There was nothing worth doing for my baby girl but there were some activities that kept my eldest daughter entertained for a bit, unfortunately it all cost money and so she was very limited on how much she could do.  My husband brought us on holiday fully expecting to spend the vast majority of the time playing on the beach and he was not prepared to fork out extra cash for other means of entertainment.

We managed to do some pottery painting two days in a row because the weather was so awful.  We could only stretch to my daughter painting something for herself, and could not afford for me to paint anything.  I was extremely bored but luckily my daughter allowed me to give her a helping hand.  It is rather amusing to see how many parents were actually there painting a pot for themselves as well as finishing off what their kids have done!

Throughout the holiday I was as miserable as the weather and was very poor company, especially when inside the caravan.  To top it all we forgot my vanity case packed full of my asthma and eczema medications and toiletries.  I was not a happy bunny and we now have to pay the holiday park to post it back to us.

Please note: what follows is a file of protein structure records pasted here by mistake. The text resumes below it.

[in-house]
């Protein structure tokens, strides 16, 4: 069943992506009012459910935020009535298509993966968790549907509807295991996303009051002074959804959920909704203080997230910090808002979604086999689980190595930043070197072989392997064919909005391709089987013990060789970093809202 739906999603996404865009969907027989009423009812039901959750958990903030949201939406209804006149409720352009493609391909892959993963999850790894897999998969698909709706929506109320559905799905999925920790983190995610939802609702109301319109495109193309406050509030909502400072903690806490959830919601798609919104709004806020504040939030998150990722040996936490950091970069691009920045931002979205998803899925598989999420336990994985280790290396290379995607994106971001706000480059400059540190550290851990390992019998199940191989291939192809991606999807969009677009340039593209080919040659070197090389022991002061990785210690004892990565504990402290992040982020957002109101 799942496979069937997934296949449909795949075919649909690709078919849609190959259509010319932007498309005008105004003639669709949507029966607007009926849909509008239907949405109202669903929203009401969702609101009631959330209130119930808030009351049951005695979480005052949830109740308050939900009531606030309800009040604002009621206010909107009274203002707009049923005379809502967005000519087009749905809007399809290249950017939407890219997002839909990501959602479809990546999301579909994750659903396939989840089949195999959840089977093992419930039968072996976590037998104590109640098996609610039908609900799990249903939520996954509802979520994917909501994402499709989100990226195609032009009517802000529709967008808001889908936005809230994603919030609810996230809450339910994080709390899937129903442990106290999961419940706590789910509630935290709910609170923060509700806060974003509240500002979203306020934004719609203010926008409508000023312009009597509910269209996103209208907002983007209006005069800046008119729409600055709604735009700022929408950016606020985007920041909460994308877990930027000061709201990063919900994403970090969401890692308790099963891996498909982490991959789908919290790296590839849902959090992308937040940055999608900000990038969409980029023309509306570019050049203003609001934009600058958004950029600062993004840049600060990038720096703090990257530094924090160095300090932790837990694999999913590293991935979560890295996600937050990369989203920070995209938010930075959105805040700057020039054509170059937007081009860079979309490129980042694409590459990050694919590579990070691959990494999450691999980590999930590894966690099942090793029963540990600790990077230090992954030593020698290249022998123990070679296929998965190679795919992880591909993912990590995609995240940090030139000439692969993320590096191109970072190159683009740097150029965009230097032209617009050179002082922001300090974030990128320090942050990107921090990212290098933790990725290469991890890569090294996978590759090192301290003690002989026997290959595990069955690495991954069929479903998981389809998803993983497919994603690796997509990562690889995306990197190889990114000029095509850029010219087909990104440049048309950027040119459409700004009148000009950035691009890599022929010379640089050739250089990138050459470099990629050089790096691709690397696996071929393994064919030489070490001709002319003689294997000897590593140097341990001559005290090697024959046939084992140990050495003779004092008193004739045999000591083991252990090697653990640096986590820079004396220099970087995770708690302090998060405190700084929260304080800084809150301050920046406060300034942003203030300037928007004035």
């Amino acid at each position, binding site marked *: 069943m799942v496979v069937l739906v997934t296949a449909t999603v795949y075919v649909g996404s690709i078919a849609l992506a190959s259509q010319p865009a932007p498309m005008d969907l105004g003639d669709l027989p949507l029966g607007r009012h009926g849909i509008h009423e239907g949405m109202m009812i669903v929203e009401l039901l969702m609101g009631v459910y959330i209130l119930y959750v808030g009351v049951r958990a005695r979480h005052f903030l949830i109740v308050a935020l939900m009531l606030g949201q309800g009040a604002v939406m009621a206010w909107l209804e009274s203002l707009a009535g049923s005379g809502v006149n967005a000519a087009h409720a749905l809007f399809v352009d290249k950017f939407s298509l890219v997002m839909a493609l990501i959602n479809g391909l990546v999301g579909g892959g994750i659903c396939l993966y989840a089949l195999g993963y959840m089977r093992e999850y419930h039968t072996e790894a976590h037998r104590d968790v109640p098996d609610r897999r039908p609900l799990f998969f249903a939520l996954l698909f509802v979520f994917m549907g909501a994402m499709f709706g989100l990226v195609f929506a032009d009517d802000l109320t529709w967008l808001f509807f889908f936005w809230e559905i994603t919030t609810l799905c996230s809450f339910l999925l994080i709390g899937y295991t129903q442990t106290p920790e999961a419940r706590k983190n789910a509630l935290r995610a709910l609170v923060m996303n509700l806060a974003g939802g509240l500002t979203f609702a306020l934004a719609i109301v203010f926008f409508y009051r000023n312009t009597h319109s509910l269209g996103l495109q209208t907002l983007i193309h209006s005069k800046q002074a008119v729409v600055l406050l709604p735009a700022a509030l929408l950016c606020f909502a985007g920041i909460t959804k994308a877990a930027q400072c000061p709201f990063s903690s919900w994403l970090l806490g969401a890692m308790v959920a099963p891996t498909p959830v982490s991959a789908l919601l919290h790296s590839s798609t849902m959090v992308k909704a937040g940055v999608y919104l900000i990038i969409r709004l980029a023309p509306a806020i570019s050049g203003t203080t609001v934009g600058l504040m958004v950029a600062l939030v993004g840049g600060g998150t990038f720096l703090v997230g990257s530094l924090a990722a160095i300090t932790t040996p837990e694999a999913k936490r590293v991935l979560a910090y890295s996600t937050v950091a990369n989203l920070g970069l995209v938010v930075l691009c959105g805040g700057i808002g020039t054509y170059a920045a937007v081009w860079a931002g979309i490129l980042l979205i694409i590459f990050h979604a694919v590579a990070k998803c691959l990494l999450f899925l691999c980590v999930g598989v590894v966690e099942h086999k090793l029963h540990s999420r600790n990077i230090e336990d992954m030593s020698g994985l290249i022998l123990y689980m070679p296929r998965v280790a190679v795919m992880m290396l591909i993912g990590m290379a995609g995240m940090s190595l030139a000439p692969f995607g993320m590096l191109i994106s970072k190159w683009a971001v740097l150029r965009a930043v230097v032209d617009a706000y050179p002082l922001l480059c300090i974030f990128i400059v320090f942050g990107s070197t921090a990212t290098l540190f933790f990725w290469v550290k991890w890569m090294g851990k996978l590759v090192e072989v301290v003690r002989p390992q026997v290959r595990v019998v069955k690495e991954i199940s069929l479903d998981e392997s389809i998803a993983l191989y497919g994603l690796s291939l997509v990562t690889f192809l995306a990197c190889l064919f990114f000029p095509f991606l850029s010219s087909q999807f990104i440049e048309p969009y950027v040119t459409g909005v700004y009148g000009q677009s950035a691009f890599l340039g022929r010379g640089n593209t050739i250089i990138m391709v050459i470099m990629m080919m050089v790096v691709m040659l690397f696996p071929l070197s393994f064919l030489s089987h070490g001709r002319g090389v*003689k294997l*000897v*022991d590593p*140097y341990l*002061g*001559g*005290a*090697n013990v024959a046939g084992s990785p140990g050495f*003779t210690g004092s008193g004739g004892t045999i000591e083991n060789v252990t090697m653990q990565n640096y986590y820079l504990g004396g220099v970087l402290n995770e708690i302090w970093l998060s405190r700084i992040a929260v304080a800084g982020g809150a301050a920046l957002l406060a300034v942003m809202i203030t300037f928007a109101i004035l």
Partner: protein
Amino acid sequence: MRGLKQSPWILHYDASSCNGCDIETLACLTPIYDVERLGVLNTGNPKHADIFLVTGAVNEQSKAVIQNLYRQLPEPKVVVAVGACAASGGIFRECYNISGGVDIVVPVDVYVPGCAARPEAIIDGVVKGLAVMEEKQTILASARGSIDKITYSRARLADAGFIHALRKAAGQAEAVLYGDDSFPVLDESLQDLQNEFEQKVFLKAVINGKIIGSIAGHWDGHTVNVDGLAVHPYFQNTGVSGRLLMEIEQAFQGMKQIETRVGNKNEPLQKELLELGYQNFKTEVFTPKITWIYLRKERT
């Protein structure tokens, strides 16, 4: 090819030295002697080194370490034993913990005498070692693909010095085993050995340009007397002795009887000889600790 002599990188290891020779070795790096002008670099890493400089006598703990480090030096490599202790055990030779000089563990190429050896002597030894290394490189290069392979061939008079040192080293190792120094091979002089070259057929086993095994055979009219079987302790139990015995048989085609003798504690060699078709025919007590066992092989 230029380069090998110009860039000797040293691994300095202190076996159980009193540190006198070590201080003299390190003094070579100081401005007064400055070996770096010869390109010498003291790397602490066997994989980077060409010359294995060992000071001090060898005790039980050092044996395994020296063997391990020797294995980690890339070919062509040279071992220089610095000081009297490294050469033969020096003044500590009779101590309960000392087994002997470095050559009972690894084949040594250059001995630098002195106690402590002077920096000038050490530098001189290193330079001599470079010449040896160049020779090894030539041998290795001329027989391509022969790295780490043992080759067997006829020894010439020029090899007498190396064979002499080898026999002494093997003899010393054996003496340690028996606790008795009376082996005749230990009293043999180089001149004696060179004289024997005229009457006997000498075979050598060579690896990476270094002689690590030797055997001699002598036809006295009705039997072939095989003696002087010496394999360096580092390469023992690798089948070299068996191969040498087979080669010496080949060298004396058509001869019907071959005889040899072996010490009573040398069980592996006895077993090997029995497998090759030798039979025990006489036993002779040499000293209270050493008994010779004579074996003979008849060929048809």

Already I am dreading next year when the holiday discussion crops up again - I do not want to stay in another caravan, I would rather be left at home with my own comforts.  My husband can take the girls away himself if he really wants a holiday, and I can then relax and have some time to do my own things and not have to worry about everyone else - that would just be the best holiday ever! (Chances of that happening would be extremely remote , but I can still dream!)

Thursday, 24 May 2012

Is she sneaky or brainy??

I had another dinner time war with my 6yr old daughter the other day but this time it wasn't over rice but pasta bolognaise, which is usually her favourite.  However, on this occasion she was pushing her food around the plate and was not the slightest bit interested in eating any of it.

Earlier that day, a parcel had arrived in my husband's name and when he came home after work during the meal he announced that the package was actually for our daughter.  With that, I quickly chipped in to say that she could only open it if she ate all of her dinner.  She seemed happy enough to oblige.